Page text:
Can they do it FOR us?…

Without Us? I Don’t Think So!What Do You Think?

The deadline for registration has been extended to Tuesday, October 8th for the 2nd Washington State People of Color Legislative Summit (POCLS)

Community leaders of color across Washington are cordially invited to join us on Saturday, October 12th, 10am-4pm at one of nine locations. The purpose of the summit is to hear from and connect POC communities leaders and legislators of color to build solidarity and mobilizing capacity across the state for issues that are of highest priority to our collective communities of color. Further updates:

  • Spokane location: Spokane Falls Community College Buyilding 30 room 212 3410 W Fort George Wright Dr. Spokane WA 99224
  • You can watch a live stream of the Opening and Full Plenaries  here: . You cannot engage over live stream.

You are welcome to invite POC community leaders you know to register for this event. Snacks and refreshments will be provided at each location. All locations have parking and are ADA accessible. This statewide summit will have separate meeting rooms sited at college campuses around the state, virtually joined together using “Zoom” video conferencing. Each site will have a lead facilitator and staff to provide support and ensure a productive conference. If you have any questions or comments, please contact the project manager at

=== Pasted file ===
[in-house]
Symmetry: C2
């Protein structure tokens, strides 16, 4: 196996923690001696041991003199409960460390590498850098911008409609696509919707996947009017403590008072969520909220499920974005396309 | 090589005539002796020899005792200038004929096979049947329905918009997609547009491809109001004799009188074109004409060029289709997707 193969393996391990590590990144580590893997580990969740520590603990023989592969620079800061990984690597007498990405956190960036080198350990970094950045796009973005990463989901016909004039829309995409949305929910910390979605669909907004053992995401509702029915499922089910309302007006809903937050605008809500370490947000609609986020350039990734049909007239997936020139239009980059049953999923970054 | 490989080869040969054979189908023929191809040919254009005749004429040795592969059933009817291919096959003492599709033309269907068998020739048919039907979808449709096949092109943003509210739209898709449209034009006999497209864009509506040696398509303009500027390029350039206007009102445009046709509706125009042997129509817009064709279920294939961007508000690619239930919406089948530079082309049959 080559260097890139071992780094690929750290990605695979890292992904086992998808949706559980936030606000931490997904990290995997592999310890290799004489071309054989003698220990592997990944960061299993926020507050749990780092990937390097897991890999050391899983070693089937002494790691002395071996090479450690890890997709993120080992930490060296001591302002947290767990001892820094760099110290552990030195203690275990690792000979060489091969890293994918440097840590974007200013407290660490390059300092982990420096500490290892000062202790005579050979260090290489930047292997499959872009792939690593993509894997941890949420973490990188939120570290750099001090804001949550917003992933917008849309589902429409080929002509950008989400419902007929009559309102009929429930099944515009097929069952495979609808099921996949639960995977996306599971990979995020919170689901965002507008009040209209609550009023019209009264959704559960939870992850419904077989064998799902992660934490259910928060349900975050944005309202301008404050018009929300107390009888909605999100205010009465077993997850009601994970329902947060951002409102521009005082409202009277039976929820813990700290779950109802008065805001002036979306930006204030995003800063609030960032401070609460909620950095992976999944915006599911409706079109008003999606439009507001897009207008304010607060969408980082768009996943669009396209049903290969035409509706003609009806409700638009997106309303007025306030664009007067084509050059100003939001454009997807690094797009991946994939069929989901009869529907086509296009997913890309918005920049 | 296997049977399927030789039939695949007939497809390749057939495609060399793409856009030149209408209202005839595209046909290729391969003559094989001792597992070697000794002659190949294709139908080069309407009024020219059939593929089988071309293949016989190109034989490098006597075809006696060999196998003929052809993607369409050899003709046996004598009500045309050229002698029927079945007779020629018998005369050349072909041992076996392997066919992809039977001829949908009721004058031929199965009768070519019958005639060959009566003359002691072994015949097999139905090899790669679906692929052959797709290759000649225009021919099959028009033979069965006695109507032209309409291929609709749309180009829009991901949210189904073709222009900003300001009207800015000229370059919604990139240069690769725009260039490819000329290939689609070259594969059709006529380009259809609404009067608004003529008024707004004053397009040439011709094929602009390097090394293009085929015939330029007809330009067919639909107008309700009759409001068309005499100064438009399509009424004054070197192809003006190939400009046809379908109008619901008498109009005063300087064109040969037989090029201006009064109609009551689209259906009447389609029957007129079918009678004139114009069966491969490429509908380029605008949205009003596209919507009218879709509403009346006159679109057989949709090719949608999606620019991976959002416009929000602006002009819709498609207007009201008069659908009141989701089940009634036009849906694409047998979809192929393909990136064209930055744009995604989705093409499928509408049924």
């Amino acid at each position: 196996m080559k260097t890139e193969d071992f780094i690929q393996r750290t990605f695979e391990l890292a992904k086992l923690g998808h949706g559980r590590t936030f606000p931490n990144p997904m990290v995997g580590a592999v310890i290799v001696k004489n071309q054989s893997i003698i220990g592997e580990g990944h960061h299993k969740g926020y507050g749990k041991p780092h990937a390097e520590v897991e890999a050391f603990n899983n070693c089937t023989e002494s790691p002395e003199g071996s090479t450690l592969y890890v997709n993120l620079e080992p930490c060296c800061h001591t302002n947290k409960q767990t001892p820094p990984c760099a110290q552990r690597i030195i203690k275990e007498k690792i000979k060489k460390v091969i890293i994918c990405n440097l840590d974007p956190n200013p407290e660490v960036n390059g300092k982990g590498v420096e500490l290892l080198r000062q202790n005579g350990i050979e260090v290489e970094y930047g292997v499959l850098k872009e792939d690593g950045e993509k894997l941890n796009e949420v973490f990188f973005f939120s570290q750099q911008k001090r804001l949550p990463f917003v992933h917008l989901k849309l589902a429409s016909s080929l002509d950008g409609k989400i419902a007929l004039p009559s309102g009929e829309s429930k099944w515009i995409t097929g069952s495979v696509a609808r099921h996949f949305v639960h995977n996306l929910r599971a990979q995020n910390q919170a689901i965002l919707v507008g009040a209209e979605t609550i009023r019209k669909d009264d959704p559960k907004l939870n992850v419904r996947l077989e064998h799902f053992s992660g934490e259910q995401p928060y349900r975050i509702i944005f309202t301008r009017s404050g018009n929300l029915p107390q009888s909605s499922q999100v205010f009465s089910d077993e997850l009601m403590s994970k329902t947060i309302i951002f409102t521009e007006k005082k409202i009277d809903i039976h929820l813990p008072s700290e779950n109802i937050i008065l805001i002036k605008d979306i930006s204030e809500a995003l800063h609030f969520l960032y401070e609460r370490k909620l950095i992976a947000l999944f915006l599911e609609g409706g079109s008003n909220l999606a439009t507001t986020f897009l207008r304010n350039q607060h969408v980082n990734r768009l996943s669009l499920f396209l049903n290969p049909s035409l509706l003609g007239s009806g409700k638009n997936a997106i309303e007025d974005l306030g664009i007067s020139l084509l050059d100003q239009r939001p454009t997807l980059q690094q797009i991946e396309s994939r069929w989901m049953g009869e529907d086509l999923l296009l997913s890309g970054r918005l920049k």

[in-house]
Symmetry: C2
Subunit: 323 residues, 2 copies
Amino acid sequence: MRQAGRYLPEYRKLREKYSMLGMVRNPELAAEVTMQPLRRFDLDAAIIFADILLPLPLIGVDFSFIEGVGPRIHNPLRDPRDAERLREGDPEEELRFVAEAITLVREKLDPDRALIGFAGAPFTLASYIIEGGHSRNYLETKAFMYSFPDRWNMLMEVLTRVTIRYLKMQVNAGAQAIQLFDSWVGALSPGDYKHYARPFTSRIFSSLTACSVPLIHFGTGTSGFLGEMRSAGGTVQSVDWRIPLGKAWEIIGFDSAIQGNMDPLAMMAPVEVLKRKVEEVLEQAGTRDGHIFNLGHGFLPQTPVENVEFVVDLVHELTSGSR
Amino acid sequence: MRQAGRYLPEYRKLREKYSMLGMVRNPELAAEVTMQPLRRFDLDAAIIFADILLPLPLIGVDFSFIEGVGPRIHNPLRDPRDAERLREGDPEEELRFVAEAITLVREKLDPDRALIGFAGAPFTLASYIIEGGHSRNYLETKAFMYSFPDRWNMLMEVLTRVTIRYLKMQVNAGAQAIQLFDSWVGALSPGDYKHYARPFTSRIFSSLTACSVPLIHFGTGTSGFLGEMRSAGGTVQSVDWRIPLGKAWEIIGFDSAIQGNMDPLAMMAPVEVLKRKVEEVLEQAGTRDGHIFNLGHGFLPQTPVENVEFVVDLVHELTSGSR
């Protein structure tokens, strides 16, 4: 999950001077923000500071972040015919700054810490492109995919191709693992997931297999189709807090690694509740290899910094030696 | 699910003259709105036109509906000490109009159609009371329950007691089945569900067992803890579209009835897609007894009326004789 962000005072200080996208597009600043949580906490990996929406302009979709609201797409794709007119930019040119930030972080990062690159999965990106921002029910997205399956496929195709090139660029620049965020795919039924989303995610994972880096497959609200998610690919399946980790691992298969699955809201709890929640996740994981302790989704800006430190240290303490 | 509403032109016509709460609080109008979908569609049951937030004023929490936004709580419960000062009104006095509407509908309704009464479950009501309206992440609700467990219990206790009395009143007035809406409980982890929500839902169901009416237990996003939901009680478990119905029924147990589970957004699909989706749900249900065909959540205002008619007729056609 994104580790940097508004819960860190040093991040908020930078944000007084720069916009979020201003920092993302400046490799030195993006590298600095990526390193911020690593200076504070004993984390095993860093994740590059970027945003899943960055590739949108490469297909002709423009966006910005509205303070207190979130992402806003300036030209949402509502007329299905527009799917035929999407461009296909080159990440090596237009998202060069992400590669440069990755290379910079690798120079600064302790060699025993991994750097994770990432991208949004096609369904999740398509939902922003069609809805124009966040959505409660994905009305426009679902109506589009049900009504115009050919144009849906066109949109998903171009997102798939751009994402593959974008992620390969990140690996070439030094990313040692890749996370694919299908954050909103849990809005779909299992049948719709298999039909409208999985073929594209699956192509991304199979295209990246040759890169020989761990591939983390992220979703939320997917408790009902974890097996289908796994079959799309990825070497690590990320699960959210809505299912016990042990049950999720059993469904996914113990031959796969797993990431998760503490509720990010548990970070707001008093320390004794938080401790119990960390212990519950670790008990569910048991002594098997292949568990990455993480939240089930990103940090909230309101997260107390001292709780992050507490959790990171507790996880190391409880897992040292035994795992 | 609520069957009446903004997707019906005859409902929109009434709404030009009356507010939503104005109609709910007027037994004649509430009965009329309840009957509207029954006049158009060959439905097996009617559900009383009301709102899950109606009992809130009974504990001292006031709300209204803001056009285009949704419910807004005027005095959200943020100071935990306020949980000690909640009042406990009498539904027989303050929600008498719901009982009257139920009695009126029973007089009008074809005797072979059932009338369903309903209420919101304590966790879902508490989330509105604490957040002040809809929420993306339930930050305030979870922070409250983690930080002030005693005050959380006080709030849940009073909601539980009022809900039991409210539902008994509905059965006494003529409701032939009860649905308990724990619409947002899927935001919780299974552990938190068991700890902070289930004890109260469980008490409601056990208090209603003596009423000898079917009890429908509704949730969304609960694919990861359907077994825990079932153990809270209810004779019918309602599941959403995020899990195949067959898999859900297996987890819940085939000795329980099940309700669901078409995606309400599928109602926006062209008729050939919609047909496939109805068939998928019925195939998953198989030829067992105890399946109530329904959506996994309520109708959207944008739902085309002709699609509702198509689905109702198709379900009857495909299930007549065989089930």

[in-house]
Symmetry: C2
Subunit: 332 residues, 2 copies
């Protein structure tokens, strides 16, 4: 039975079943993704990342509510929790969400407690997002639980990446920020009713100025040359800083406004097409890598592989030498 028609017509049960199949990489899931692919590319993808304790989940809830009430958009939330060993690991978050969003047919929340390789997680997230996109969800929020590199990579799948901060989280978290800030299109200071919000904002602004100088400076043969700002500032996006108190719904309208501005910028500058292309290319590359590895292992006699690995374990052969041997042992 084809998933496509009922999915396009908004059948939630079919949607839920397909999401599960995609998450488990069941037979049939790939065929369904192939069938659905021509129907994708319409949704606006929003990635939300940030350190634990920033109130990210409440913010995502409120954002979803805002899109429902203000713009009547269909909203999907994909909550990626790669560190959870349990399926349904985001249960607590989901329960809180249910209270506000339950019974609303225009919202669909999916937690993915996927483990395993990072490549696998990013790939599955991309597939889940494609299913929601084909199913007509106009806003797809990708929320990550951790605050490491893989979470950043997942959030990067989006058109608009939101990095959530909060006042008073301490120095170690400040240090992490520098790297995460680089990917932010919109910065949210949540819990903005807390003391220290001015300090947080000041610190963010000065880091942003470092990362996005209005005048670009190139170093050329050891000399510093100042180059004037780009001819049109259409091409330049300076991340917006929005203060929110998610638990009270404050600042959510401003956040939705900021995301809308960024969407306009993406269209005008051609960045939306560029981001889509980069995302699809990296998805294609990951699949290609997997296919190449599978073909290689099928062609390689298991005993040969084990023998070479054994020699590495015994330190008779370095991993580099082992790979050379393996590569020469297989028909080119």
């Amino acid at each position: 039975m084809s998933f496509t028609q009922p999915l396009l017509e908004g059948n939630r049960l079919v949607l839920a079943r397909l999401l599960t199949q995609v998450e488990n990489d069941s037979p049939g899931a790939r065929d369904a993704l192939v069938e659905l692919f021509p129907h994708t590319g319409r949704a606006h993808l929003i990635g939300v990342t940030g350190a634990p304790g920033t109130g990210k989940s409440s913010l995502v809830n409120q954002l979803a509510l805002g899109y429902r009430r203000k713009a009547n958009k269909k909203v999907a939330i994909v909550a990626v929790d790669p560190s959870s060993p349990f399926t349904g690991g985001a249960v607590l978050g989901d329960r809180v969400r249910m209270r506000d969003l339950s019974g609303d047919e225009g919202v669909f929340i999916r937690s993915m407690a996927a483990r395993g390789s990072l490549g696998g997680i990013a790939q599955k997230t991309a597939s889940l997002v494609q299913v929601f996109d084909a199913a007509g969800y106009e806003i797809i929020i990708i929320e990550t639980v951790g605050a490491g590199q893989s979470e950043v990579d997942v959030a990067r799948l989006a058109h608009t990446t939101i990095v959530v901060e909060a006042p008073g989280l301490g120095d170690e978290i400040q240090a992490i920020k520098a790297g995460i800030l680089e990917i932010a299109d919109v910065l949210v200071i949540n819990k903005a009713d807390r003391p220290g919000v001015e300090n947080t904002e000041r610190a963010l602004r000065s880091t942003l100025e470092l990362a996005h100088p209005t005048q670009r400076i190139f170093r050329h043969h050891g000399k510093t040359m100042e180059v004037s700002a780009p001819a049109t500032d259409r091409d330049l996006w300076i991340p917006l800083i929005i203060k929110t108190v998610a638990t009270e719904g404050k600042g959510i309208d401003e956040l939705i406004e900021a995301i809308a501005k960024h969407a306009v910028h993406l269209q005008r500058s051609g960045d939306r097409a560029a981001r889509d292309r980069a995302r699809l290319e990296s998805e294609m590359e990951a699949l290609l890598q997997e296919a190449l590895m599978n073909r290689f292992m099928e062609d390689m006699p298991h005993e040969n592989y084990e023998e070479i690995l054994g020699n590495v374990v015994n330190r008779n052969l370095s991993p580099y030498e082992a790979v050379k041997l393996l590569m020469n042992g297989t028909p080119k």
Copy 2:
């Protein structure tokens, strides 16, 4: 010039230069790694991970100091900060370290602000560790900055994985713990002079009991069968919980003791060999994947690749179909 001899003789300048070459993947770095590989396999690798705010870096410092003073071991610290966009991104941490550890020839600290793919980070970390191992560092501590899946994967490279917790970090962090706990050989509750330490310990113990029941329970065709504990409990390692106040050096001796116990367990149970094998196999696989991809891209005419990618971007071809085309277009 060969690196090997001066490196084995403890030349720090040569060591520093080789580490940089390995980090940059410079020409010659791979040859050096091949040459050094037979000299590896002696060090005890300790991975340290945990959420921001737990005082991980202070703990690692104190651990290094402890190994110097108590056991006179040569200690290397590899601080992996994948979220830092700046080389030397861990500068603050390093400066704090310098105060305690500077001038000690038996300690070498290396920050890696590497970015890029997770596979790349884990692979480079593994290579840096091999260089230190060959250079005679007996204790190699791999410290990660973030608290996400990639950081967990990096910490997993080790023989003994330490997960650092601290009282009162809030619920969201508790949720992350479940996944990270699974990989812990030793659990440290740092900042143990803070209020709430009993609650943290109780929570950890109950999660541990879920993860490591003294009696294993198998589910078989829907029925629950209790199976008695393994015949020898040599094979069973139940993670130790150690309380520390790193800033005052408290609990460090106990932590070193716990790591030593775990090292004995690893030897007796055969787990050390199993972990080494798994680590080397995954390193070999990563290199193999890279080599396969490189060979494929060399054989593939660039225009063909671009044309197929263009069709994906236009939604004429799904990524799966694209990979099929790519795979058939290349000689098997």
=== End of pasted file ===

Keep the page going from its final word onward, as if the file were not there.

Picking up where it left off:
Below are photos from the People of Color Coalition Candidates Forum Sept 28 at East Central Community Center. Photographs By Robert Lloyd

How I See It: She Is Trusted

Make phone calls or knock on doors to share your support.

Invite your friends and relatives to a Fill Out Your Ballot Party.

Get a sign for your yard, a t-shirt or button to show your support.

This message is the unsolicited opinion of the editors of

How We See It: She Is Trusted

Make phone calls or knock on doors to share your support.

Invite your friends and relatives to a Fill Out Your Ballot Party.

Get a sign for your yard, a t-shirt or button to show your support.

This message is the unsolicited opinion of the editors of

In the Heat of Battle We Can Often Lose Sight

Our heartfelt sympathies go out to those in the social justice arena suffering loss: Phillip Tyler, Mr. & Mrs. Poindexter, Rachel Dolezal, Children of the Movement.

Four things happened this week. A live Facebook post, a movie, and a couple of quotes.

  • In the movie Roman J. Israel, Esq. lost sight of his own personal needs in a 39 year struggle.
  • “We felt ‘called’ to save the world from racism, poverty, and war. We willingly risked our lives. But too seldom did we stop to recognize the burden we placed on our children.” Andrew Young

  • In the book CHILDREN OF THE MOVEMENT by John Blake the sons and daughters of MARTIN LUTHER KING JR., MALCOLM X, ELIJAH MUHAMMAD, GEORGE WALLACE, ANDREW YOUNG, JULIAN BOND, STOKELY CARMICHAEL, BOB MOSES, JAMES CHANEY, ELAINE BROWN, and others reveal how the civil rights movement tested and transformed their families.


This is also true for the families of today’s activists.Even those with the same goals don’t agree on the same tactics.

  • “Life is chaos. Be kind.”  Devon Waine Tyler